Mel Branson, of TILL DEATH—
“Why is it that most of us fear having our photo taken? Screen theorists propose that cinema and photography can act as both a mirror, which serves a subjective and interpretive reflection of reality, and a window through which to frame an objective representation of reality. So is it the fear of seeing, or the fear of being seen?
Though I make a career out of pointing a camera at peoples faces, I’m not immune to this fear. When Tasj asked me to sit for her portrait project, I was nervous and intimidated by what she would she would expose. My initial response was to hide, to layer myself in protective armour; fancy clothes, makeup, perfected nails and freshly done hair, a curated version. To express an illusion of confidence that masked my inner vulnerability. To have control. To decide – window or mirror?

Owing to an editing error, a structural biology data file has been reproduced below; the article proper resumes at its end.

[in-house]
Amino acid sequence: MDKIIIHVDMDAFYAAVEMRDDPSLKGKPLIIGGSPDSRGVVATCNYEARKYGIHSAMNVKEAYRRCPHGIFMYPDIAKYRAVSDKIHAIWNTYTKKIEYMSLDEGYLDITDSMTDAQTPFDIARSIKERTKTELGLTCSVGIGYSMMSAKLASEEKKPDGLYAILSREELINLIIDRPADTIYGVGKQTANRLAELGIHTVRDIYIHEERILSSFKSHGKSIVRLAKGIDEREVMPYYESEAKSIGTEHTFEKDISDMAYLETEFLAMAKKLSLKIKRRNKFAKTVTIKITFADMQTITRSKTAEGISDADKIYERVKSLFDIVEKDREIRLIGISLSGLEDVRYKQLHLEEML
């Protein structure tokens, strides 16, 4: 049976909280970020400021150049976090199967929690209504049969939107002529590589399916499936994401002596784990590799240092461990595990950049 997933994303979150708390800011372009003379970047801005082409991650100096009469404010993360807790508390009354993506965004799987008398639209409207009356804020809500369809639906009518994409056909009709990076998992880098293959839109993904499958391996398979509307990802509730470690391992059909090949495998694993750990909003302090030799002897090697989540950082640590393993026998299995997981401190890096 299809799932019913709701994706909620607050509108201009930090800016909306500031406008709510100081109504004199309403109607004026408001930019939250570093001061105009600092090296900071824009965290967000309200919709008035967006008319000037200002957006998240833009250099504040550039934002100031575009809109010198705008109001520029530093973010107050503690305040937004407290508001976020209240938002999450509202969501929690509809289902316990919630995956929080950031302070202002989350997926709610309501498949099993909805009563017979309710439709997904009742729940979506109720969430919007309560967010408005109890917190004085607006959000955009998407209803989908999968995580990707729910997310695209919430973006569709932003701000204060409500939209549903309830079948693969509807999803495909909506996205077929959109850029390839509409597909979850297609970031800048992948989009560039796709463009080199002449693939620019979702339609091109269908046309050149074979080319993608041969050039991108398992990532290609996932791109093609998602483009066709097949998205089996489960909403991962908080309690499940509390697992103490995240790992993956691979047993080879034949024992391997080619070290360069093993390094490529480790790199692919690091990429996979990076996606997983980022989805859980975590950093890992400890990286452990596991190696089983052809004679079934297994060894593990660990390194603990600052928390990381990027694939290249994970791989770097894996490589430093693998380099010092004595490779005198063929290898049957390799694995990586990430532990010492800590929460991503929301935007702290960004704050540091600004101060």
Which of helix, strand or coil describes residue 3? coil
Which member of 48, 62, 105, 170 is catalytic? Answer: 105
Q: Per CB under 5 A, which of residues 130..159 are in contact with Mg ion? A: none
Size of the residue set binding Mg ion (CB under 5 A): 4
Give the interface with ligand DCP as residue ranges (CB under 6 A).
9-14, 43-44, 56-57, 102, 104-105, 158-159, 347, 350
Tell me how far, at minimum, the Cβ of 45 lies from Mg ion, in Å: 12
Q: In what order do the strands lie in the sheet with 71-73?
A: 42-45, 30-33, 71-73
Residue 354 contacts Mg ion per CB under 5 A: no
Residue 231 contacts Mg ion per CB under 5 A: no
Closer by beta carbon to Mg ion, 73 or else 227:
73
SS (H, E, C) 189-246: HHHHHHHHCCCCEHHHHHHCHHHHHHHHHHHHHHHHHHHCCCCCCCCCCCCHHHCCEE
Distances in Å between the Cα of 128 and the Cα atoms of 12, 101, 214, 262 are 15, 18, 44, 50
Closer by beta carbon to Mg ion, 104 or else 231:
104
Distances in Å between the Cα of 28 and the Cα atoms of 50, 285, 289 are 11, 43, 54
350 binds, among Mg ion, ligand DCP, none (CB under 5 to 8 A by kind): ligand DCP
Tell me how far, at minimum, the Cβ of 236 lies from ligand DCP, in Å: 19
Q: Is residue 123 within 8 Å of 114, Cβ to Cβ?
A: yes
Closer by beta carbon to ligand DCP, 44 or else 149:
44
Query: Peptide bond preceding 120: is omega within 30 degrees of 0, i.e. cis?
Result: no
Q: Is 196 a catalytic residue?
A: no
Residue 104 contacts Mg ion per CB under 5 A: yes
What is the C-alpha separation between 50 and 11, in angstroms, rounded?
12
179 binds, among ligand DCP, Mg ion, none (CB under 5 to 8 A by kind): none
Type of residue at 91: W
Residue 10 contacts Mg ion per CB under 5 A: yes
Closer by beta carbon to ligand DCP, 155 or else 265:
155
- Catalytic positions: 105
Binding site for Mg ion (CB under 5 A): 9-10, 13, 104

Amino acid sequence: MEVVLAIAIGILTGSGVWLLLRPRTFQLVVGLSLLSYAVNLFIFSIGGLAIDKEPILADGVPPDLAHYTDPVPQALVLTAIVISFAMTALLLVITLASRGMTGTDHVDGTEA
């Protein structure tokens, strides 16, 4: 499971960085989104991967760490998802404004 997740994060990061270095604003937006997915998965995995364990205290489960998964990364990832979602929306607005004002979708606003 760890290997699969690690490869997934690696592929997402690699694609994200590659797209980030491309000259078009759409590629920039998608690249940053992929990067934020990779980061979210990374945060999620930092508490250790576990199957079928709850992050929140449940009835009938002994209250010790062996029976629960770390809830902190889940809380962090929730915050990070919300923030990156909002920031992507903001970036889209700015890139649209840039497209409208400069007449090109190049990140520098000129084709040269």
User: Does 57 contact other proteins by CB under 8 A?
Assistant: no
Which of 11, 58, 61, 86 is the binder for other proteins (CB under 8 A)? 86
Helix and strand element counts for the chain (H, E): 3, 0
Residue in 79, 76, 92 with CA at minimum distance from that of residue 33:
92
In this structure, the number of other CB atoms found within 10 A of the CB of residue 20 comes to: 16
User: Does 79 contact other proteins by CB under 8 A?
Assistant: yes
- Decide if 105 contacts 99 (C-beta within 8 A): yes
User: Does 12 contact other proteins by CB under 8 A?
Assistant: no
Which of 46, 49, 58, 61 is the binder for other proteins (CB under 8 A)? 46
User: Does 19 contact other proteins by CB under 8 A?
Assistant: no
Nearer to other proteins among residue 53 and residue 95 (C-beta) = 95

Yet through the process, I learned that these two things aren’t independent, one flows into the other and back again. Through making a conscious choice of how to show up and be seen, I projected what I wanted, and then by seeing, I became. Through Tasj’s portraits I created a narrative that became part of my identity. And then with this hindsight, I realised I had nothing to be afraid of to begin with.”
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